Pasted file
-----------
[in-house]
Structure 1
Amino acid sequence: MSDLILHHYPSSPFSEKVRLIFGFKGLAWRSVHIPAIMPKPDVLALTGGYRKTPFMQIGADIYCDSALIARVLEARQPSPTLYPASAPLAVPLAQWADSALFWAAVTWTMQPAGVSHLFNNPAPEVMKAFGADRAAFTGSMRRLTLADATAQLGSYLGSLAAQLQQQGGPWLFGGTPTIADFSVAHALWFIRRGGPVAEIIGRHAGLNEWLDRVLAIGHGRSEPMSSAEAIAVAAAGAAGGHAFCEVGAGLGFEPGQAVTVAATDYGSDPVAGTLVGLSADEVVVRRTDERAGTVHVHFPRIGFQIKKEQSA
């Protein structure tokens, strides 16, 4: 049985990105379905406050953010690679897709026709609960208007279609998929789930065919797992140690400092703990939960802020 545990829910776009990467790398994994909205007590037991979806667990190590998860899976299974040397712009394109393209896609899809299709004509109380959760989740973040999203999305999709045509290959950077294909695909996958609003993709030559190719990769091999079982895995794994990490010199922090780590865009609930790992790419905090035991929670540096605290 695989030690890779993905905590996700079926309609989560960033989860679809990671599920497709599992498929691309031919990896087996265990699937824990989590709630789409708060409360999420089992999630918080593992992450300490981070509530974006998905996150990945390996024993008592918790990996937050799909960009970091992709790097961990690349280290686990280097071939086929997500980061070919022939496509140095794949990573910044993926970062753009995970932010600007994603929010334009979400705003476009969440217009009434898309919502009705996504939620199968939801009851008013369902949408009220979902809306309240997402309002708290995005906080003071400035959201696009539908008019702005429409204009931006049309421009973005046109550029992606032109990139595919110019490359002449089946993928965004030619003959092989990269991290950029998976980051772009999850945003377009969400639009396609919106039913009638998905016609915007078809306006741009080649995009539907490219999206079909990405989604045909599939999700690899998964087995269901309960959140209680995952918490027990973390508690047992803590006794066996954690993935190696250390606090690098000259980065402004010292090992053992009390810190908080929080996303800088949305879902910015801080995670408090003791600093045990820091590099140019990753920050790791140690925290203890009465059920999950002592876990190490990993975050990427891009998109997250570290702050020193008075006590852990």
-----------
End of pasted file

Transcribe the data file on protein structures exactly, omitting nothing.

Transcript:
[in-house]
Structure 1
Amino acid sequence: MSDLILHHYPSSPFSEKVRLIFGFKGLAWRSVHIPAIMPKPDVLALTGGYRKTPFMQIGADIYCDSALIARVLEARQPSPTLYPASAPLAVPLAQWADSALFWAAVTWTMQPAGVSHLFNNPAPEVMKAFGADRAAFTGSMRRLTLADATAQLGSYLGSLAAQLQQQGGPWLFGGTPTIADFSVAHALWFIRRGGPVAEIIGRHAGLNEWLDRVLAIGHGRSEPMSSAEAIAVAAAGAAGGHAFCEVGAGLGFEPGQAVTVAATDYGSDPVAGTLVGLSADEVVVRRTDERAGTVHVHFPRIGFQIKKEQSA
């Protein structure tokens, strides 16, 4: 049985990105379905406050953010690679897709026709609960208007279609998929789930065919797992140690400092703990939960802020 545990829910776009990467790398994994909205007590037991979806667990190590998860899976299974040397712009394109393209896609899809299709004509109380959760989740973040999203999305999709045509290959950077294909695909996958609003993709030559190719990769091999079982895995794994990490010199922090780590865009609930790992790419905090035991929670540096605290 695989030690890779993905905590996700079926309609989560960033989860679809990671599920497709599992498929691309031919990896087996265990699937824990989590709630789409708060409360999420089992999630918080593992992450300490981070509530974006998905996150990945390996024993008592918790990996937050799909960009970091992709790097961990690349280290686990280097071939086929997500980061070919022939496509140095794949990573910044993926970062753009995970932010600007994603929010334009979400705003476009969440217009009434898309919502009705996504939620199968939801009851008013369902949408009220979902809306309240997402309002708290995005906080003071400035959201696009539908008019702005429409204009931006049309421009973005046109550029992606032109990139595919110019490359002449089946993928965004030619003959092989990269991290950029998976980051772009999850945003377009969400639009396609919106039913009638998905016609915007078809306006741009080649995009539907490219999206079909990405989604045909599939999700690899998964087995269901309960959140209680995952918490027990973390508690047992803590006794066996954690993935190696250390606090690098000259980065402004010292090992053992009390810190908080929080996303800088949305879902910015801080995670408090003791600093045990820091590099140019990753920050790791140690925290203890009465059920999950002592876990190490990993975050990427891009998109997250570290702050020193008075006590852990």